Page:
Set Up Activities & Email Templates
After your contacts, deals, and accounts have been entered into your CRM, set up your activities, reminders, and, if offered, email templates. Doing this ahead of time will save you time from having to do these things as you are working on your deals. Templates and standardized activities will also help to ensure that your sales team is using uniformed messaging and responding in a timely fashion.
After you’ve completed these three steps, start using your CRM. It’s important that you and your team begin using your system right away so you form the habit of working in the system and so that all of your sales data is in one place.
6. Measure Performance & Pivot as Necessary
Use the measures for success you established earlier to measure how you’re performing. In your CRM, you’d do this by creating dashboards and reporting focused on your success metrics. CRMs like Pipedrive make it easy for you to measure and track your success with analytics tools and reports. You can track metrics like which salesperson has the highest sales revenue or the most deals.
After you’ve been using your sales process for a while, examine your sales process steps and activities to decide whether or not to make changes. For instance, if you notice that most of your sales are being lost in the negotiation stage, you may want to look at what the sales team is doing and implement best practices from high achievers who don’t lose sales in this stage. Review all of your sales process steps and make changes as necessary. For more information on solving problems in your process, check out our guide to improving sales performance.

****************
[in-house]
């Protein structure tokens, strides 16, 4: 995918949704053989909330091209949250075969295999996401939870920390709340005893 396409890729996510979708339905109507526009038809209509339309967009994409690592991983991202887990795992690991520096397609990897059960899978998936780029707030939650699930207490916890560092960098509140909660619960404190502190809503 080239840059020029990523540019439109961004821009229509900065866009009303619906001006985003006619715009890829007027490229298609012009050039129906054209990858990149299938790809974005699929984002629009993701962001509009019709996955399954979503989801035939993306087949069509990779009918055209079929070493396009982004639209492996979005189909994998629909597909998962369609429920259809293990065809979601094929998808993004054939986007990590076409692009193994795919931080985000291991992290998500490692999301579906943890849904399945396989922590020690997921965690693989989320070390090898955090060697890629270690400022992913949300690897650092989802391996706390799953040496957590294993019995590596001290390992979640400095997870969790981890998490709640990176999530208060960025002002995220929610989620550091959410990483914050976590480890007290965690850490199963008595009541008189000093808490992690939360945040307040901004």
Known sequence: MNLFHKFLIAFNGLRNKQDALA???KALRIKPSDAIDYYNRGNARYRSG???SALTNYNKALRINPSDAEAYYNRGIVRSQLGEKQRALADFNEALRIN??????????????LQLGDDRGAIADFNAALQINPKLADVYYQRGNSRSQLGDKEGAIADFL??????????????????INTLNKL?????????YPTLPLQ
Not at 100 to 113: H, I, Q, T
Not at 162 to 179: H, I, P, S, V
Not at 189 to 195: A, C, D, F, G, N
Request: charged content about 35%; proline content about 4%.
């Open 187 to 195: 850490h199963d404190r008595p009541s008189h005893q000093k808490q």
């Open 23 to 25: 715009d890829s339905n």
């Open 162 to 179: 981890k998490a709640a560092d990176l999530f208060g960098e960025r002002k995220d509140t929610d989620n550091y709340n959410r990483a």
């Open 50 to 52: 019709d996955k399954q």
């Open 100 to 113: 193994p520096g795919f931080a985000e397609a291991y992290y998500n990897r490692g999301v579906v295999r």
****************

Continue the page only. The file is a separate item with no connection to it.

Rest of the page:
Frequently Asked Questions (FAQs)
What is a sales process?
A sales process is the number of sequential steps needed to acquire customers and close deals.
What are the sales process steps?
The sales process steps represent each stage or step of your sales process. Often referred to as pipeline stages, sales process steps outline the areas you need to focus on in each phase of your relationship or interaction with your prospect to ultimately convert them into customers.
Do you have a sales process flowchart?
Yes. See the two examples below.
Here’s an example of a sales process in Pipedrive created using pipeline stages.
Creating a sales process requires you to understand what it takes to attract and convert customers into prospects and then creating a repeatable system that you and your sales team use consistently. This requires understanding each step and creating corresponding activities to move customers through the sales process.
An important part of keeping prospects happy is to make yourself available to answer their questions and concerns whenever they need it. Go Answer offers customer service experts who can communicate directly to your clients on your behalf via phone, text, web chat or email. Try it free for 30 days.